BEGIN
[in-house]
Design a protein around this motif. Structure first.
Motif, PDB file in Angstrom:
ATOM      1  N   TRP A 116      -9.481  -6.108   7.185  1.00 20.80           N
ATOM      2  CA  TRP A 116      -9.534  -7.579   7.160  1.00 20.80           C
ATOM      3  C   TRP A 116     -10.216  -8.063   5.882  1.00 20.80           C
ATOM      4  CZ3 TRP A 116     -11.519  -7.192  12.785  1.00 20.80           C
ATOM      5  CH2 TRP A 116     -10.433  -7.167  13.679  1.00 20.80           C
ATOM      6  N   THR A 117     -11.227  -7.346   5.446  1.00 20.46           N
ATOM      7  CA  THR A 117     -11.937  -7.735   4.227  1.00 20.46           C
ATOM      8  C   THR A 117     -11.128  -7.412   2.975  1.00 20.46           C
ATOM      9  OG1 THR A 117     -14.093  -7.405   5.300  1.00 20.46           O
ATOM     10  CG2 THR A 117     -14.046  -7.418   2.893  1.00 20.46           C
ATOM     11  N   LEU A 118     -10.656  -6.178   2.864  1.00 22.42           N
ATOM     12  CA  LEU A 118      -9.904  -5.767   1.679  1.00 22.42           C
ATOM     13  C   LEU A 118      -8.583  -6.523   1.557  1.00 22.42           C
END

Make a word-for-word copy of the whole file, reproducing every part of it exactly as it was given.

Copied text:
[in-house]
Design a protein around this motif. Structure first.
Motif, PDB file in Angstrom:
ATOM      1  N   TRP A 116      -9.481  -6.108   7.185  1.00 20.80           N
ATOM      2  CA  TRP A 116      -9.534  -7.579   7.160  1.00 20.80           C
ATOM      3  C   TRP A 116     -10.216  -8.063   5.882  1.00 20.80           C
ATOM      4  CZ3 TRP A 116     -11.519  -7.192  12.785  1.00 20.80           C
ATOM      5  CH2 TRP A 116     -10.433  -7.167  13.679  1.00 20.80           C
ATOM      6  N   THR A 117     -11.227  -7.346   5.446  1.00 20.46           N
ATOM      7  CA  THR A 117     -11.937  -7.735   4.227  1.00 20.46           C
ATOM      8  C   THR A 117     -11.128  -7.412   2.975  1.00 20.46           C
ATOM      9  OG1 THR A 117     -14.093  -7.405   5.300  1.00 20.46           O
ATOM     10  CG2 THR A 117     -14.046  -7.418   2.893  1.00 20.46           C
ATOM     11  N   LEU A 118     -10.656  -6.178   2.864  1.00 22.42           N
ATOM     12  CA  LEU A 118      -9.904  -5.767   1.679  1.00 22.42           C
ATOM     13  C   LEU A 118      -8.583  -6.523   1.557  1.00 22.42           C